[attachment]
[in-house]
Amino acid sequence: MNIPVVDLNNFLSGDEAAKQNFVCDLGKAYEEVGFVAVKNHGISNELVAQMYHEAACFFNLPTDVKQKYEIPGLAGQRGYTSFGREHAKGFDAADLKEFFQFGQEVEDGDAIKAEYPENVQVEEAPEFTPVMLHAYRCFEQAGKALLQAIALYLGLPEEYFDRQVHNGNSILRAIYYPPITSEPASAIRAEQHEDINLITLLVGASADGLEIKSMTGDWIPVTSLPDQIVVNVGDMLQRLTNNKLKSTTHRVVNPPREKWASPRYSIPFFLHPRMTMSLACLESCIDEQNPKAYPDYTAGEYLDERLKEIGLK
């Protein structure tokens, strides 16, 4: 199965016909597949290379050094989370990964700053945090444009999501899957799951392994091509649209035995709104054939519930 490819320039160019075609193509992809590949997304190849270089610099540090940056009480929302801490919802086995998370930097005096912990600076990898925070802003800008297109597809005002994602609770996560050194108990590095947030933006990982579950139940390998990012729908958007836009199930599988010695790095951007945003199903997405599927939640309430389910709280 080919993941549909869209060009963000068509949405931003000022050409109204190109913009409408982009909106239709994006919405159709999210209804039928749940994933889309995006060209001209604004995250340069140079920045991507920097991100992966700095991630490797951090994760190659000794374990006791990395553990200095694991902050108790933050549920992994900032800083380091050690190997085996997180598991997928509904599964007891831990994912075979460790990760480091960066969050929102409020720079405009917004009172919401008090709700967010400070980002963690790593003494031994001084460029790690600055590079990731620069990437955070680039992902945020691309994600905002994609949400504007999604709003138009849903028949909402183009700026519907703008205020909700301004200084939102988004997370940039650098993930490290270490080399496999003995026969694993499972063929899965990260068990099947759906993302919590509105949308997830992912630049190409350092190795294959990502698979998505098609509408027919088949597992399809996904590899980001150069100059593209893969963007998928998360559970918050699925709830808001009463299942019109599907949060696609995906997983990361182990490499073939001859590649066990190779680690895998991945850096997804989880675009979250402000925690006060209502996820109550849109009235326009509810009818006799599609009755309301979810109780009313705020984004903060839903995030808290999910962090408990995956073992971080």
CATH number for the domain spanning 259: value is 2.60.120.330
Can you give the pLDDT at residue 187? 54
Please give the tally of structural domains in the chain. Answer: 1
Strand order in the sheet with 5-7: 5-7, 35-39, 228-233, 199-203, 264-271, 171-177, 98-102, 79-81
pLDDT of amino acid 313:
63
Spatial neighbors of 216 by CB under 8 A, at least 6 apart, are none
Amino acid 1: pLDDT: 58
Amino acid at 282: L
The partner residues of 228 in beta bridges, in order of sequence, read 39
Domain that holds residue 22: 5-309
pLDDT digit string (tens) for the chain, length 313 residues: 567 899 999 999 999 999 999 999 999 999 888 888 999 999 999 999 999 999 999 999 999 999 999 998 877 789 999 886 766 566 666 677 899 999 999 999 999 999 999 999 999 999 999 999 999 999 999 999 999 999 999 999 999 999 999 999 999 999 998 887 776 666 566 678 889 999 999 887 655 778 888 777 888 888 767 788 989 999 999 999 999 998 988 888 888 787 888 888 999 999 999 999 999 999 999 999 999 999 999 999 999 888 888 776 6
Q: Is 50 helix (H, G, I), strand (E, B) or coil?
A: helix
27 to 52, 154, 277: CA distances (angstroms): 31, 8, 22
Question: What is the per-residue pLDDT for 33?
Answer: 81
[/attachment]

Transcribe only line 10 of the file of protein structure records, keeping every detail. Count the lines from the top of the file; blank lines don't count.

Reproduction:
Spatial neighbors of 216 by CB under 8 A, at least 6 apart, are none